Jimmy Carter speaks at symposium
Former President Jimmy Carter spoke to a packed house Tuesday at the National Conservation Training Center’s symposium to celebrate 50 years of Alaska’s Arctic National Wildlife Refuge.
The three-day event kicked off Tuesday at the U.S. Fish and Wildlife’s NCTC near Shepherdstown, welcoming historians, conservationists and activists from around the nation to speak on the protected area in the arctic.
According to information from the U.S. Fish and Wildlife Service, then-President Dwight Eisenhower signed the Public Land Order in 1960, establishing the Arctic National Wildlife Range. But it was President Carter who, on Dec. 2, 1980, penned the Alaska National Interest Lands Conservation Act. Carter said this act more than doubled the range to 19 million acres, deemed the area a refuge and designated 8 million acres as wilderness. It also protected millions more acres of land and rivers across Alaska.
“That was a wonderful achievement,” Carter said. “I probably spent more time when I was president studying the map of Alaska … than I did any other thing, place in the world.”
He said 44 million acres were given to Native Americans for their use, while another 100 billion acres were given to the state.
Two of the issues facing the refuge area now are oil and gas drilling.
Sarah James, who spoke during Wednesday’s session, is a spokesperson for the Gwich’in Nation and steering committee in northeast Alaska and the northern Yukon Territory in Canada. As a Native American, James would like to protect the area – what her nation calls “a sacred place where life begins” – from big oil because caribous have calves and raise them on the refuge.
She believes alternative energy is the direction the United States needs to pursue.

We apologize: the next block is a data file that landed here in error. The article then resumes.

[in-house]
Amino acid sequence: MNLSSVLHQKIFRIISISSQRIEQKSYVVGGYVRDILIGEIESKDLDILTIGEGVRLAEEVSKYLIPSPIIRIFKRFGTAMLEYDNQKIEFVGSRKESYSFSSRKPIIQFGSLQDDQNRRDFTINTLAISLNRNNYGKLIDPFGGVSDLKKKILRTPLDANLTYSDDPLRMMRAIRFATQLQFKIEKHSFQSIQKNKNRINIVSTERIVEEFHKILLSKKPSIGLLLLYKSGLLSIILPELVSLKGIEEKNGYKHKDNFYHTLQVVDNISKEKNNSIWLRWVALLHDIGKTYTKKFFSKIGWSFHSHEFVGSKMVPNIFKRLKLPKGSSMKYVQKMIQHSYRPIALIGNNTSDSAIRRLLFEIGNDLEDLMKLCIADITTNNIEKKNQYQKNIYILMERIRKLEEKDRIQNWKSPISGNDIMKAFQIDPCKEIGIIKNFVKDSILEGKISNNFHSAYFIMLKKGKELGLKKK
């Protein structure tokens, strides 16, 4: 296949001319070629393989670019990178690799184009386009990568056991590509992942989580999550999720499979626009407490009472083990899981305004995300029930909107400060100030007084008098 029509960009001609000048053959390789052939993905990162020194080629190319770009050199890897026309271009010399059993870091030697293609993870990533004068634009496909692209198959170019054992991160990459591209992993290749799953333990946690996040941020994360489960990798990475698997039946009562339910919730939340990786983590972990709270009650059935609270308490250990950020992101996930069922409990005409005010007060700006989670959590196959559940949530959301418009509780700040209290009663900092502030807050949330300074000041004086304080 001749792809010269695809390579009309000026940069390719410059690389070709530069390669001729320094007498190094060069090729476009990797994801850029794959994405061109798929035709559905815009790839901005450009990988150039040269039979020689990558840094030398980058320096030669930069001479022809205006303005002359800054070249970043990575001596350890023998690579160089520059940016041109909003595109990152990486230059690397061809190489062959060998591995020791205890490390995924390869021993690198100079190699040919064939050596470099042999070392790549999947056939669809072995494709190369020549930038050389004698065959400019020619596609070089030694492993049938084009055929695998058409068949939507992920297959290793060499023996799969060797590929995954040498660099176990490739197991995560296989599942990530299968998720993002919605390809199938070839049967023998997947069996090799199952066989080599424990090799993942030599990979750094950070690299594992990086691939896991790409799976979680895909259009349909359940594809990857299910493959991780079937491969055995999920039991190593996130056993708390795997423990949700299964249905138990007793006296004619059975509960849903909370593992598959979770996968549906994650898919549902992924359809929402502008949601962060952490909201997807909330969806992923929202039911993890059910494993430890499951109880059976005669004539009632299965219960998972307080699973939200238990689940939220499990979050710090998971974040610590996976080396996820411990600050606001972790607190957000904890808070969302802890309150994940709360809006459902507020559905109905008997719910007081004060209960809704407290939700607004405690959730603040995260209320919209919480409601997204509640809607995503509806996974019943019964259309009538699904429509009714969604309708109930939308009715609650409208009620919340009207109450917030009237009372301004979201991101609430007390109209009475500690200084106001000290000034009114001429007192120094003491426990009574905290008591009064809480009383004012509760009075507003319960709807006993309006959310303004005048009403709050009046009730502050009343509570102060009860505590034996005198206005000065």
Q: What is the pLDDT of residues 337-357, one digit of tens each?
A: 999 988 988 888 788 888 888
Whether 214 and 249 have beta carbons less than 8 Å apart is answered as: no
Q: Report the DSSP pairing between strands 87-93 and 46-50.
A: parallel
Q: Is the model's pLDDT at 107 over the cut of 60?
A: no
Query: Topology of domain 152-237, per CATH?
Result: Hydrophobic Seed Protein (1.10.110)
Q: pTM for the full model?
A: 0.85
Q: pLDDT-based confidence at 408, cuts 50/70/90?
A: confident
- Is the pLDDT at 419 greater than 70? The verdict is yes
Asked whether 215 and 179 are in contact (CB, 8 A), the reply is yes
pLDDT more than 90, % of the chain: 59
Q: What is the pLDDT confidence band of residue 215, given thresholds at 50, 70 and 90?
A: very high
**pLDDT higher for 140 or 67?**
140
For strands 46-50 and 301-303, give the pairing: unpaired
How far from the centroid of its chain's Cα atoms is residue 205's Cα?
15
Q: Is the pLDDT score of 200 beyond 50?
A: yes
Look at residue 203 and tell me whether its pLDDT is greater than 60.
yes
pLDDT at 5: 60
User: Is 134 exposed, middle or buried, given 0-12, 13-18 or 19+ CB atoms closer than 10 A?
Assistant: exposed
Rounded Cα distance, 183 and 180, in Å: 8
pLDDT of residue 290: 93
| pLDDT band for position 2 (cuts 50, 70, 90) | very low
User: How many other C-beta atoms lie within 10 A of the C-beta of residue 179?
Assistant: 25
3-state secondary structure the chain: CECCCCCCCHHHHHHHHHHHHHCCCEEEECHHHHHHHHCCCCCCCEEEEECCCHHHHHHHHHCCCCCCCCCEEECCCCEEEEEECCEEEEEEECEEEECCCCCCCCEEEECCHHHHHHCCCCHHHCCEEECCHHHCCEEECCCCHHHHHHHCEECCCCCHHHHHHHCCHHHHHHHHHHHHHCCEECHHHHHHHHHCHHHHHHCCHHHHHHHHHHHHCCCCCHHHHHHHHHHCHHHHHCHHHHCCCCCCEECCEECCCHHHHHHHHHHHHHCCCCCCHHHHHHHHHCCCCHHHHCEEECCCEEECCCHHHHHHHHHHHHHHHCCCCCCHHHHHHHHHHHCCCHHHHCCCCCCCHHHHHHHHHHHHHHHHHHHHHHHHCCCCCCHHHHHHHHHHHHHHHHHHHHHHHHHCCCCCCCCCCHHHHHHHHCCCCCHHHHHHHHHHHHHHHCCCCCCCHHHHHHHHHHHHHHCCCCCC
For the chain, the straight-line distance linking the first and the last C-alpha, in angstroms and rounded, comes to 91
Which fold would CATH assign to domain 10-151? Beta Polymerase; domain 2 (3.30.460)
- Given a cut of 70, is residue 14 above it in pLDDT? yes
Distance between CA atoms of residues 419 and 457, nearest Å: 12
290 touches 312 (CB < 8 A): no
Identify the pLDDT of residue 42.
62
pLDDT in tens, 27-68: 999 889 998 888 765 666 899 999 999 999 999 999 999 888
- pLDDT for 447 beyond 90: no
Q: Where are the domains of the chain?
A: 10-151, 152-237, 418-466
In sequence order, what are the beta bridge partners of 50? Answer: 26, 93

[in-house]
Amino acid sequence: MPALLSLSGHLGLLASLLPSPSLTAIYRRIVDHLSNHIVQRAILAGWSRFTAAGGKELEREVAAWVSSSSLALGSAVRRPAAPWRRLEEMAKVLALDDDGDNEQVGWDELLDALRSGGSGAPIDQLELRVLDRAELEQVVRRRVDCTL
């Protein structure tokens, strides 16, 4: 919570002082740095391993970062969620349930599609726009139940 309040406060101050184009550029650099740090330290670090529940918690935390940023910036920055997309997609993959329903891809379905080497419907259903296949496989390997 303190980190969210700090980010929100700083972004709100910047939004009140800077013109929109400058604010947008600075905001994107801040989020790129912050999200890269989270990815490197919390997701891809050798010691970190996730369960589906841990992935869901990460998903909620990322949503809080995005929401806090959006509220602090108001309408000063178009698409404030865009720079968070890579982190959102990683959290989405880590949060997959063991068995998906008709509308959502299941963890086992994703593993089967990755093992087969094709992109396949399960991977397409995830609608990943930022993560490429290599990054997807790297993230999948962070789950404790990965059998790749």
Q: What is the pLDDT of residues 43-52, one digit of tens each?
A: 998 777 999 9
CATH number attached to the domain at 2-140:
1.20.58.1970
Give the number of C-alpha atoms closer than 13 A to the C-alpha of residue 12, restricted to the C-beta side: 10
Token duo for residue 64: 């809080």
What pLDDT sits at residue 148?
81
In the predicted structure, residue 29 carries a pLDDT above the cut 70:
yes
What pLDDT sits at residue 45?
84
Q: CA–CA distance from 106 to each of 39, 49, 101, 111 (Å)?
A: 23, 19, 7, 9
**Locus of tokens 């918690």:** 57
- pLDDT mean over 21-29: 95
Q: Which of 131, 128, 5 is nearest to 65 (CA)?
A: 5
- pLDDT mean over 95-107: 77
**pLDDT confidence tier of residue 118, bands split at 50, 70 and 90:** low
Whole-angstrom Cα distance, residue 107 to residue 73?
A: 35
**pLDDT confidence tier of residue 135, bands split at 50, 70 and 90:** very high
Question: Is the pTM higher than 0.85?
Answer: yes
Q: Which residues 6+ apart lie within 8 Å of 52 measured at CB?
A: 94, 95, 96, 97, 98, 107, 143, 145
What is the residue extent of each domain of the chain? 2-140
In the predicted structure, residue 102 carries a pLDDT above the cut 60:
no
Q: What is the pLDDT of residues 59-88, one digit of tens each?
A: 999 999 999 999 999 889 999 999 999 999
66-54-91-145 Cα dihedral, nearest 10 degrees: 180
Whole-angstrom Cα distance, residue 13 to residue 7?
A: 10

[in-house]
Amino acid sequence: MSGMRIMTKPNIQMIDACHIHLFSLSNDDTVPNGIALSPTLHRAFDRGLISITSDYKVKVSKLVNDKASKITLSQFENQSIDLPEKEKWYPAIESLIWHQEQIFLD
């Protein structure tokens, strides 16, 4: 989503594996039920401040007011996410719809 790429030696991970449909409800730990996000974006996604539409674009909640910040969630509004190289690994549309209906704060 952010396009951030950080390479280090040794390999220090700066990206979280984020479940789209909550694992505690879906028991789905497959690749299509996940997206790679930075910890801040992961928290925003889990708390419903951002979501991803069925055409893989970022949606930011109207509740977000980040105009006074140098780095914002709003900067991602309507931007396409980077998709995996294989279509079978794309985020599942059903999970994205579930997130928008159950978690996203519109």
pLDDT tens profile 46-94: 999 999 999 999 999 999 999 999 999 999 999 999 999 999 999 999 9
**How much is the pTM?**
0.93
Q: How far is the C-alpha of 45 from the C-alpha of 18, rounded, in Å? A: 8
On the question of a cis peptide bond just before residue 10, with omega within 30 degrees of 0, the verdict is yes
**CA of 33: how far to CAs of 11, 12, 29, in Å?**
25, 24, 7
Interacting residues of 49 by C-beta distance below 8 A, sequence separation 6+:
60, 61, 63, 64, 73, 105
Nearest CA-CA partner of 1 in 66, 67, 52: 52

“We have to do it together,” she said, “to protect this place, because there’s a huge opportunity out there.”
Thomas Strickland, assistant secretary of the interior for Fish, Wildlife and Parks, introduced Carter on Tuesday, mentioning his achievements in conservation – such as establishing the Department of Energy, filing an energy policy and establishing fuel economy standards for automobiles, among other things.
Strickland also spoke of Carter’s pioneering nature, like when he put solar panels on the White House.
“It was a seemingly radical act then, and a subsequent president took it off, but they’re back on,” he said, garnering applause from the audience.
“It’s astonishing what you have done, Mr. President, on so many fronts.”
Of course, Carter isn’t the only president to help pave the way in conservation.
Historian and author Douglas Brinkley, who spoke early in the day Tuesday, said that if it weren’t for Theodore Roosevelt, conservation wouldn’t be where it is today.
“He’s the lynchpin to it all,” Brinkley said.
And NCTC Director Jay Slack agrees that Carter has followed in Roosevelt’s footsteps. Slack noted that Carter was in Sudan talking with government officials Monday and traveled to Washington, D.C., Wednesday to discuss Chinese-American diplomatic relations with the Obama administration.
“He managed to squeeze in a visit to Shepherdstown because (the refuge) was so near and dear to his heart,” Slack said. “He came because he’s passionate and he cares about it.”
Slack believes that individuals can do things in their everyday lives to help conservation efforts.
“We each have to do our parts,” he said. “We’re sort of all in this together.”
Brinkley, who just released the second in a series of conservation books, said the future of the refuge requires activists to keep fighting uphill. He said corporations will want to drill; but conservationists just have to say no.
“It’s a nonstop battle to keep people out,” Brinkley said. “It takes a daily vigilance to keep these places protected.”
People like Strickland and Carter and individuals who attended the symposium plan to continue to work on safeguarding the refuge.
“On this administration’s watch,” Strickland said, “there will be no oil and gas development on the wildlife refuge.”
Carter concluded his speech by saying, “The arctic refuge was a little part of our planet left alone. I hope it can stay that way.”